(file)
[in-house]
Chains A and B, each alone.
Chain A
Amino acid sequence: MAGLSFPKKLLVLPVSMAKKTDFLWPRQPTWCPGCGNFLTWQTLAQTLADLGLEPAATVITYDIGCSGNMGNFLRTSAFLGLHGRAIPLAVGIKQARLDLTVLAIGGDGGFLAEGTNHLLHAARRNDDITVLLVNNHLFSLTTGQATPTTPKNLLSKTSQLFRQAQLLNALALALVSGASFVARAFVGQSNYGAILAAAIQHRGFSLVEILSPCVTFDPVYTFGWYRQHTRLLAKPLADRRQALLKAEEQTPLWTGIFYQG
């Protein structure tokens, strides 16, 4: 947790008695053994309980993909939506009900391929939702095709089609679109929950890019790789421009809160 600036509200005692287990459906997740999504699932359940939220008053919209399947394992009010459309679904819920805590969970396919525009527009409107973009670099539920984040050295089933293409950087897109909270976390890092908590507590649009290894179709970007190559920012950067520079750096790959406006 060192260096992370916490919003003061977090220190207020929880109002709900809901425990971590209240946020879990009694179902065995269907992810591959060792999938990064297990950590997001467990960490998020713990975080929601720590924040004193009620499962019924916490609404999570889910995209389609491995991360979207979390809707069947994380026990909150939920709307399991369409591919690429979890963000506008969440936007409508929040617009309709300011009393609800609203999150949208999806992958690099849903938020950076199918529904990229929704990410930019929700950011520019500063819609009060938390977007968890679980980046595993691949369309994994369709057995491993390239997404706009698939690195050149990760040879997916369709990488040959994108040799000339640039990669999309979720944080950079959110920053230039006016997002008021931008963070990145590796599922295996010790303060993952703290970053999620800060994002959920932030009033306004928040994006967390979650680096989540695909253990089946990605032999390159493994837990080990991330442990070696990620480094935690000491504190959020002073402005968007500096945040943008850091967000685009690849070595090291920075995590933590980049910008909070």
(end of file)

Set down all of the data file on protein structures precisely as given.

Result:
[in-house]
Chains A and B, each alone.
Chain A
Amino acid sequence: MAGLSFPKKLLVLPVSMAKKTDFLWPRQPTWCPGCGNFLTWQTLAQTLADLGLEPAATVITYDIGCSGNMGNFLRTSAFLGLHGRAIPLAVGIKQARLDLTVLAIGGDGGFLAEGTNHLLHAARRNDDITVLLVNNHLFSLTTGQATPTTPKNLLSKTSQLFRQAQLLNALALALVSGASFVARAFVGQSNYGAILAAAIQHRGFSLVEILSPCVTFDPVYTFGWYRQHTRLLAKPLADRRQALLKAEEQTPLWTGIFYQG
């Protein structure tokens, strides 16, 4: 947790008695053994309980993909939506009900391929939702095709089609679109929950890019790789421009809160 600036509200005692287990459906997740999504699932359940939220008053919209399947394992009010459309679904819920805590969970396919525009527009409107973009670099539920984040050295089933293409950087897109909270976390890092908590507590649009290894179709970007190559920012950067520079750096790959406006 060192260096992370916490919003003061977090220190207020929880109002709900809901425990971590209240946020879990009694179902065995269907992810591959060792999938990064297990950590997001467990960490998020713990975080929601720590924040004193009620499962019924916490609404999570889910995209389609491995991360979207979390809707069947994380026990909150939920709307399991369409591919690429979890963000506008969440936007409508929040617009309709300011009393609800609203999150949208999806992958690099849903938020950076199918529904990229929704990410930019929700950011520019500063819609009060938390977007968890679980980046595993691949369309994994369709057995491993390239997404706009698939690195050149990760040879997916369709990488040959994108040799000339640039990669999309979720944080950079959110920053230039006016997002008021931008963070990145590796599922295996010790303060993952703290970053999620800060994002959920932030009033306004928040994006967390979650680096989540695909253990089946990605032999390159493994837990080990991330442990070696990620480094935690000491504190959020002073402005968007500096945040943008850091967000685009690849070595090291920075995590933590980049910008909070």